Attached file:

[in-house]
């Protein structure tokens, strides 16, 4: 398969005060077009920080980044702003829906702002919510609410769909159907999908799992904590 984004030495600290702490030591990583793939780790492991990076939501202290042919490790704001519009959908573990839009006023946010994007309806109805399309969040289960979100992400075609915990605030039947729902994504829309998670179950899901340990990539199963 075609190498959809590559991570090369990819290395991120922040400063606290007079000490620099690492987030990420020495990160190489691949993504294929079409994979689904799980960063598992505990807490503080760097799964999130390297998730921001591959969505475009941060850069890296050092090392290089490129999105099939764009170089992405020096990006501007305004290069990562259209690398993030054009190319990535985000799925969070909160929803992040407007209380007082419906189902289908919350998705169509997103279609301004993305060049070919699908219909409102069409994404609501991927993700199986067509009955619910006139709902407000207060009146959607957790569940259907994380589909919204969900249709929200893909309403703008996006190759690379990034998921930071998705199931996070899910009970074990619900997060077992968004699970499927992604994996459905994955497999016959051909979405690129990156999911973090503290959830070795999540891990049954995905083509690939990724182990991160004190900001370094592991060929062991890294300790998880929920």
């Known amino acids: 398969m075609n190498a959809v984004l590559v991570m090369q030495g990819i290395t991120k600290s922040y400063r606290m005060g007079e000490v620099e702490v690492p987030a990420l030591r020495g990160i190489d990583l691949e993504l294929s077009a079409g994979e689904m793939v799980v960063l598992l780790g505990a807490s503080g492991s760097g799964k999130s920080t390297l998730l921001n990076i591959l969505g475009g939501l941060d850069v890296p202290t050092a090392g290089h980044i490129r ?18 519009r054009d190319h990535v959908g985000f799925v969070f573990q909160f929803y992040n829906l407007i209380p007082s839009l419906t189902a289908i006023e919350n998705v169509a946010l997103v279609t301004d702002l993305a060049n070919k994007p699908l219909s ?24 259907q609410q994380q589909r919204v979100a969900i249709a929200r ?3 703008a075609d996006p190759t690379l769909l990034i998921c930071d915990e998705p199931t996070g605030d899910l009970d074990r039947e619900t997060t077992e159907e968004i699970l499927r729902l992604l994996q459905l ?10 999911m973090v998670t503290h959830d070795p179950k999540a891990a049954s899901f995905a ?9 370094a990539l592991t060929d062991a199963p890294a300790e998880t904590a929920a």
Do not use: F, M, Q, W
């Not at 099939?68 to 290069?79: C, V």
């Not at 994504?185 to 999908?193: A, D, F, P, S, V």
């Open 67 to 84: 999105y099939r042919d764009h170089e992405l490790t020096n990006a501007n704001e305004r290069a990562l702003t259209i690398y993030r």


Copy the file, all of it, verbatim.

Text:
[in-house]
């Protein structure tokens, strides 16, 4: 398969005060077009920080980044702003829906702002919510609410769909159907999908799992904590 984004030495600290702490030591990583793939780790492991990076939501202290042919490790704001519009959908573990839009006023946010994007309806109805399309969040289960979100992400075609915990605030039947729902994504829309998670179950899901340990990539199963 075609190498959809590559991570090369990819290395991120922040400063606290007079000490620099690492987030990420020495990160190489691949993504294929079409994979689904799980960063598992505990807490503080760097799964999130390297998730921001591959969505475009941060850069890296050092090392290089490129999105099939764009170089992405020096990006501007305004290069990562259209690398993030054009190319990535985000799925969070909160929803992040407007209380007082419906189902289908919350998705169509997103279609301004993305060049070919699908219909409102069409994404609501991927993700199986067509009955619910006139709902407000207060009146959607957790569940259907994380589909919204969900249709929200893909309403703008996006190759690379990034998921930071998705199931996070899910009970074990619900997060077992968004699970499927992604994996459905994955497999016959051909979405690129990156999911973090503290959830070795999540891990049954995905083509690939990724182990991160004190900001370094592991060929062991890294300790998880929920």
């Known amino acids: 398969m075609n190498a959809v984004l590559v991570m090369q030495g990819i290395t991120k600290s922040y400063r606290m005060g007079e000490v620099e702490v690492p987030a990420l030591r020495g990160i190489d990583l691949e993504l294929s077009a079409g994979e689904m793939v799980v960063l598992l780790g505990a807490s503080g492991s760097g799964k999130s920080t390297l998730l921001n990076i591959l969505g475009g939501l941060d850069v890296p202290t050092a090392g290089h980044i490129r ?18 519009r054009d190319h990535v959908g985000f799925v969070f573990q909160f929803y992040n829906l407007i209380p007082s839009l419906t189902a289908i006023e919350n998705v169509a946010l997103v279609t301004d702002l993305a060049n070919k994007p699908l219909s ?24 259907q609410q994380q589909r919204v979100a969900i249709a929200r ?3 703008a075609d996006p190759t690379l769909l990034i998921c930071d915990e998705p199931t996070g605030d899910l009970d074990r039947e619900t997060t077992e159907e968004i699970l499927r729902l992604l994996q459905l ?10 999911m973090v998670t503290h959830d070795p179950k999540a891990a049954s899901f995905a ?9 370094a990539l592991t060929d062991a199963p890294a300790e998880t904590a929920a």
Do not use: F, M, Q, W
């Not at 099939?68 to 290069?79: C, V």
């Not at 994504?185 to 999908?193: A, D, F, P, S, V």
């Open 67 to 84: 999105y099939r042919d764009h170089e992405l490790t020096n990006a501007n704001e305004r290069a990562l702003t259209i690398y993030r």